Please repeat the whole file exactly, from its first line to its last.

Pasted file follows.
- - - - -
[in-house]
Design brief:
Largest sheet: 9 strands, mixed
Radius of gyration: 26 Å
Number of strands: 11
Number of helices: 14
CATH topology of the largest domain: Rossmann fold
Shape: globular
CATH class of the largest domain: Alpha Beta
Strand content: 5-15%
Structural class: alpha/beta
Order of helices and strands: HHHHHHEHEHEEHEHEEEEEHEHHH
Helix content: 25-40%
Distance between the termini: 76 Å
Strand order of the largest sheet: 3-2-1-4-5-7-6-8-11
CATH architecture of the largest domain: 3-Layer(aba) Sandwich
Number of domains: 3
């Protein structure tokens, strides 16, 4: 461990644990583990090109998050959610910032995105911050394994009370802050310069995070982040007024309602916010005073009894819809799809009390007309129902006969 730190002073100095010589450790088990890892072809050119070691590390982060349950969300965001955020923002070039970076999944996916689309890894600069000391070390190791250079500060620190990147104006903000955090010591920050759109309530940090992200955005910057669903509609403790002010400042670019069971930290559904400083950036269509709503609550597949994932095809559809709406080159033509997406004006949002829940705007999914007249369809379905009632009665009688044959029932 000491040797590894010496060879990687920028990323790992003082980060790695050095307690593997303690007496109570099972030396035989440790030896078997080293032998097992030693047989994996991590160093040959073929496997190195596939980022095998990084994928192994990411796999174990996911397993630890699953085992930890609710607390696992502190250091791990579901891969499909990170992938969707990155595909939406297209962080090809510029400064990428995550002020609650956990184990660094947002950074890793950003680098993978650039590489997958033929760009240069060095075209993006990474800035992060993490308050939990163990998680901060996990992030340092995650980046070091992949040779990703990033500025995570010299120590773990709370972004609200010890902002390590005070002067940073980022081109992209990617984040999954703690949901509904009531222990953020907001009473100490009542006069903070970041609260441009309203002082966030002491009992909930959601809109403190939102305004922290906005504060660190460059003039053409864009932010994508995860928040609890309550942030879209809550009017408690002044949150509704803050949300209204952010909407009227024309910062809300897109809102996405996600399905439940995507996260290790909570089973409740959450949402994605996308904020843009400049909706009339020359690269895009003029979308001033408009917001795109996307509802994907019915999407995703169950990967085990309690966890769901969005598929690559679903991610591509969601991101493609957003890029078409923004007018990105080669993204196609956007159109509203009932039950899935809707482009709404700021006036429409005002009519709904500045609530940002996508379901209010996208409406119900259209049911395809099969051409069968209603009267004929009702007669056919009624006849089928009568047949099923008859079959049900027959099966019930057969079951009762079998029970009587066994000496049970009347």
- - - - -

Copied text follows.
[in-house]
Design brief:
Largest sheet: 9 strands, mixed
Radius of gyration: 26 Å
Number of strands: 11
Number of helices: 14
CATH topology of the largest domain: Rossmann fold
Shape: globular
CATH class of the largest domain: Alpha Beta
Strand content: 5-15%
Structural class: alpha/beta
Order of helices and strands: HHHHHHEHEHEEHEHEEEEEHEHHH
Helix content: 25-40%
Distance between the termini: 76 Å
Strand order of the largest sheet: 3-2-1-4-5-7-6-8-11
CATH architecture of the largest domain: 3-Layer(aba) Sandwich
Number of domains: 3
């Protein structure tokens, strides 16, 4: 461990644990583990090109998050959610910032995105911050394994009370802050310069995070982040007024309602916010005073009894819809799809009390007309129902006969 730190002073100095010589450790088990890892072809050119070691590390982060349950969300965001955020923002070039970076999944996916689309890894600069000391070390190791250079500060620190990147104006903000955090010591920050759109309530940090992200955005910057669903509609403790002010400042670019069971930290559904400083950036269509709503609550597949994932095809559809709406080159033509997406004006949002829940705007999914007249369809379905009632009665009688044959029932 000491040797590894010496060879990687920028990323790992003082980060790695050095307690593997303690007496109570099972030396035989440790030896078997080293032998097992030693047989994996991590160093040959073929496997190195596939980022095998990084994928192994990411796999174990996911397993630890699953085992930890609710607390696992502190250091791990579901891969499909990170992938969707990155595909939406297209962080090809510029400064990428995550002020609650956990184990660094947002950074890793950003680098993978650039590489997958033929760009240069060095075209993006990474800035992060993490308050939990163990998680901060996990992030340092995650980046070091992949040779990703990033500025995570010299120590773990709370972004609200010890902002390590005070002067940073980022081109992209990617984040999954703690949901509904009531222990953020907001009473100490009542006069903070970041609260441009309203002082966030002491009992909930959601809109403190939102305004922290906005504060660190460059003039053409864009932010994508995860928040609890309550942030879209809550009017408690002044949150509704803050949300209204952010909407009227024309910062809300897109809102996405996600399905439940995507996260290790909570089973409740959450949402994605996308904020843009400049909706009339020359690269895009003029979308001033408009917001795109996307509802994907019915999407995703169950990967085990309690966890769901969005598929690559679903991610591509969601991101493609957003890029078409923004007018990105080669993204196609956007159109509203009932039950899935809707482009709404700021006036429409005002009519709904500045609530940002996508379901209010996208409406119900259209049911395809099969051409069968209603009267004929009702007669056919009624006849089928009568047949099923008859079959049900027959099966019930057969079951009762079998029970009587066994000496049970009347």